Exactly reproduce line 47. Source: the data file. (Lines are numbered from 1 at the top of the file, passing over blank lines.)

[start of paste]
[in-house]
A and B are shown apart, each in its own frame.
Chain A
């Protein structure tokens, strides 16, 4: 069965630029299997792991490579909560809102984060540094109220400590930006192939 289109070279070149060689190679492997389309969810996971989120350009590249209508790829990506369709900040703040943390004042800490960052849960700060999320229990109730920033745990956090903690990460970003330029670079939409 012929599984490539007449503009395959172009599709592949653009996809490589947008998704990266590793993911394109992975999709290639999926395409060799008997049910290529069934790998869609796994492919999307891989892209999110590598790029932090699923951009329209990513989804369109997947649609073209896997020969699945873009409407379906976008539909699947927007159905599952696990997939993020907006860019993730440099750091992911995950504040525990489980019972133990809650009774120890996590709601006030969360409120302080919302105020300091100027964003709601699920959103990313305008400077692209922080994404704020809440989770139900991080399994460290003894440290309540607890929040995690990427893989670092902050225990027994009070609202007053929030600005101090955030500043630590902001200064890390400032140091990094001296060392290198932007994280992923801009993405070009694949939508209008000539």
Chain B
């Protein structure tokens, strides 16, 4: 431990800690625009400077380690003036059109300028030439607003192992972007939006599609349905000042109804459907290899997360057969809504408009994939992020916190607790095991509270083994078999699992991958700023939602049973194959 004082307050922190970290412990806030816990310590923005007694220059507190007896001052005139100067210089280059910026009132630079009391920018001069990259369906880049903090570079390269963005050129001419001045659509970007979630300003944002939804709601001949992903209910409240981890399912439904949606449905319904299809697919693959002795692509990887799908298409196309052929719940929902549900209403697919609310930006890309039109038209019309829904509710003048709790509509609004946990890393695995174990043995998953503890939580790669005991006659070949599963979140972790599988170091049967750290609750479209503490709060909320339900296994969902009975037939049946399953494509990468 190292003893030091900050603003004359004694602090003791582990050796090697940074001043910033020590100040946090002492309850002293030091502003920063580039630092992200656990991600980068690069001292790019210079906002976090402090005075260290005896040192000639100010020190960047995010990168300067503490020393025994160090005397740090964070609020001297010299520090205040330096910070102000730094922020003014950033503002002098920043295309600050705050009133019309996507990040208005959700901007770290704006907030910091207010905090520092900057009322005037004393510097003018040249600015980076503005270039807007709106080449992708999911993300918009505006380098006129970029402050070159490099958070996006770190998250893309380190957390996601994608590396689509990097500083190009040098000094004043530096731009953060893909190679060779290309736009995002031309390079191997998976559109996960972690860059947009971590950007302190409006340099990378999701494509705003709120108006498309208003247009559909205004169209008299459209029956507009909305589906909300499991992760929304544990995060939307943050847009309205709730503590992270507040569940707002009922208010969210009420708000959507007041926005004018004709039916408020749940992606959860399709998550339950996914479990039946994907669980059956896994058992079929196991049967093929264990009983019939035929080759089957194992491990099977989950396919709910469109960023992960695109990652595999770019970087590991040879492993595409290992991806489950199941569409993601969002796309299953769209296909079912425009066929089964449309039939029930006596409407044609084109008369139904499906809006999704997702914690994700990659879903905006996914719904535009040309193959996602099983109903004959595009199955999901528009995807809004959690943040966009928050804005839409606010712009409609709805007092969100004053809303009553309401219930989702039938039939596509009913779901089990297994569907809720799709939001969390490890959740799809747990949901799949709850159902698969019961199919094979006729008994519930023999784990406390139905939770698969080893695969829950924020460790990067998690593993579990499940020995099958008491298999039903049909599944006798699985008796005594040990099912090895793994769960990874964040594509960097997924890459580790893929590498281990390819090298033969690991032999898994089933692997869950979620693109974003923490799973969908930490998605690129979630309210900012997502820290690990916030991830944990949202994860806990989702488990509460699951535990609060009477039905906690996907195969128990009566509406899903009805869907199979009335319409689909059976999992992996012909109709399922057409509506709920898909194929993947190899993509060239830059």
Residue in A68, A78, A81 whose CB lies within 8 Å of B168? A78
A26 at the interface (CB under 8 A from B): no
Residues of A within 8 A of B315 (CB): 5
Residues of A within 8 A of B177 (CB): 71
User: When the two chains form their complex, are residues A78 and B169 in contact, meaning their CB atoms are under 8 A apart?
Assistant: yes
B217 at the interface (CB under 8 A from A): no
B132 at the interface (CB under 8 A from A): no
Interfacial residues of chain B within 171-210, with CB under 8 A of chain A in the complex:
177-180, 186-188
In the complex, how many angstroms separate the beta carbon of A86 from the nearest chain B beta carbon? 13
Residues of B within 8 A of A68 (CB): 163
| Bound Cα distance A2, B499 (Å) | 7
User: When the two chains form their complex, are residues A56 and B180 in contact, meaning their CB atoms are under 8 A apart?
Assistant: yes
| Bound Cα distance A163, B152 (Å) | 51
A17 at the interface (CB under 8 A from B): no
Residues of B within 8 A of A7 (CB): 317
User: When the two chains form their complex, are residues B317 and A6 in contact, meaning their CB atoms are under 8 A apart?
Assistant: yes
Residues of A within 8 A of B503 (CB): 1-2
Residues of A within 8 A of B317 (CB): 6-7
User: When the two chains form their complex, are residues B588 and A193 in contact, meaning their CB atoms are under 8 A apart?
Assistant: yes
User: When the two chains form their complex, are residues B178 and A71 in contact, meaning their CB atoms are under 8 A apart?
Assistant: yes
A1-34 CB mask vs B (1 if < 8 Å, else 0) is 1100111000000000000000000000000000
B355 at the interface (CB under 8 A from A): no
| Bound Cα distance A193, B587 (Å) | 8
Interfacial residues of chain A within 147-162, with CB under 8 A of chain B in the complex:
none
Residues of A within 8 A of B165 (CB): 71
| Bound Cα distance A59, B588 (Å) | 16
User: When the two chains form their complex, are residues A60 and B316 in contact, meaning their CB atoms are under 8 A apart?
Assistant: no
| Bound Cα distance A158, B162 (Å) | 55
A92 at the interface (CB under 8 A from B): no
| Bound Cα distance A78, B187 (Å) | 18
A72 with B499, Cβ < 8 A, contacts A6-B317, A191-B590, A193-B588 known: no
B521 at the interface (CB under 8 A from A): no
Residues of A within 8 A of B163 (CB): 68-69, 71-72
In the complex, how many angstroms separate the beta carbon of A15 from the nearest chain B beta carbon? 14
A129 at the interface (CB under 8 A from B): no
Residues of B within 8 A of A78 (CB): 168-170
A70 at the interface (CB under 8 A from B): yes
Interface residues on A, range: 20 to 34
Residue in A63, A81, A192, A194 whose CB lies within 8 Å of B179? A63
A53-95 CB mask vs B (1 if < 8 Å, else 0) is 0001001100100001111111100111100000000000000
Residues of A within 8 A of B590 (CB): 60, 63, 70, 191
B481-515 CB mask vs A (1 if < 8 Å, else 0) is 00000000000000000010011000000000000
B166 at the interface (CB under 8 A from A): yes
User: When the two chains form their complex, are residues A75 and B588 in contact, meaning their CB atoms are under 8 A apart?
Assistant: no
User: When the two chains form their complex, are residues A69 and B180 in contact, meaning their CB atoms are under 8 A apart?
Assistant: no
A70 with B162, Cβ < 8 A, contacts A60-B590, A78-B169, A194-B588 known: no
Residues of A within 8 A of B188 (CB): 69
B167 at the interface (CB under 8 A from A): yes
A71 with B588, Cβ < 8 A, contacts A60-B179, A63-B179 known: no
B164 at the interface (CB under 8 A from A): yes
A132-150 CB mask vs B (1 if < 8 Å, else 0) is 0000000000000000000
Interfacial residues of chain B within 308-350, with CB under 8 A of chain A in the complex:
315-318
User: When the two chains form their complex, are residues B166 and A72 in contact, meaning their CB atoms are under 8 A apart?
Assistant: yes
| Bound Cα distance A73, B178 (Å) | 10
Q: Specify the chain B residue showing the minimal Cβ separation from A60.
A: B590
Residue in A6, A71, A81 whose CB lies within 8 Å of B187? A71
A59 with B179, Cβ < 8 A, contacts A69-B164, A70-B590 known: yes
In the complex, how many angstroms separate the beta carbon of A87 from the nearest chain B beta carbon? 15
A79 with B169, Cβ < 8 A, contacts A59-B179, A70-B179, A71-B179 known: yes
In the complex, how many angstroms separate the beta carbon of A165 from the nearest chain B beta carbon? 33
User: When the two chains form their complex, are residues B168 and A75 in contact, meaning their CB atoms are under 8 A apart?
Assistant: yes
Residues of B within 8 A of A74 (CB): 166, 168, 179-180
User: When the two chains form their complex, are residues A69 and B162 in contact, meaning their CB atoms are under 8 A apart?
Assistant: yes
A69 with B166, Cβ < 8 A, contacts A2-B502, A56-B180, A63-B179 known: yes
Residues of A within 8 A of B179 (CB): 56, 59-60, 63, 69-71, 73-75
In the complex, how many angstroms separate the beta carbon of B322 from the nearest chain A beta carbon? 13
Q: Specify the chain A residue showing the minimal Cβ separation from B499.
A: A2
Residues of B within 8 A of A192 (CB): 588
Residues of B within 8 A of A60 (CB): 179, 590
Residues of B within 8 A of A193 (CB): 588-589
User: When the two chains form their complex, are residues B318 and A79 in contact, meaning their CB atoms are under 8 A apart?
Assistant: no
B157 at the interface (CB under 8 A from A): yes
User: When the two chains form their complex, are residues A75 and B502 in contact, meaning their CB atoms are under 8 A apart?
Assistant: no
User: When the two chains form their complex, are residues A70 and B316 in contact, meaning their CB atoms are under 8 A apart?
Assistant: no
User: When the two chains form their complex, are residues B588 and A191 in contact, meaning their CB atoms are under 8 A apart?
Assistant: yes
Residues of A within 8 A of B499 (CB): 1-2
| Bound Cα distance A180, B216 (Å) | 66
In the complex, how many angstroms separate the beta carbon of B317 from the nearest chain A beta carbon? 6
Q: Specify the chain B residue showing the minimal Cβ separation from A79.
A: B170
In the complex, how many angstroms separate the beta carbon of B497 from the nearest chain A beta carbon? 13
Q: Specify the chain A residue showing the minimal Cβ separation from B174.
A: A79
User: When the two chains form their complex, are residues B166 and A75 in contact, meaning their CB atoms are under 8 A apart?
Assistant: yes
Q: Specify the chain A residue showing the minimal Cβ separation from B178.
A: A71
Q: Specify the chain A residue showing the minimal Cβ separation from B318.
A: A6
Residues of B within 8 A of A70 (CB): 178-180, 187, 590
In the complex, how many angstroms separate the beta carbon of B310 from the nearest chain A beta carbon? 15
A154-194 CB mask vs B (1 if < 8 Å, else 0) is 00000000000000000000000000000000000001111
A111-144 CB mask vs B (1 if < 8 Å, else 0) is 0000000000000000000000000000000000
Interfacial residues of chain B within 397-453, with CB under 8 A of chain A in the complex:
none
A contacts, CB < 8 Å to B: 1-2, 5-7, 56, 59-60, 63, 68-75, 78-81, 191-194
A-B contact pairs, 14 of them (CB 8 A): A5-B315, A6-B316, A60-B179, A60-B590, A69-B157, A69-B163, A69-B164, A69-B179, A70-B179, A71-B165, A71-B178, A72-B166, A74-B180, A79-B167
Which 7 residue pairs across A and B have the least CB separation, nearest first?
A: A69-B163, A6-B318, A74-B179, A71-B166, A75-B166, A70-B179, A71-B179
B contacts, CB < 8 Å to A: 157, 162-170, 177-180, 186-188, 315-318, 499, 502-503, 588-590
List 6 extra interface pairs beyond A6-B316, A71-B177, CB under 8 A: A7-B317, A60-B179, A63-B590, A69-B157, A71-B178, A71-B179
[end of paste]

Residues of A within 8 A of B163 (CB): 68-69, 71-72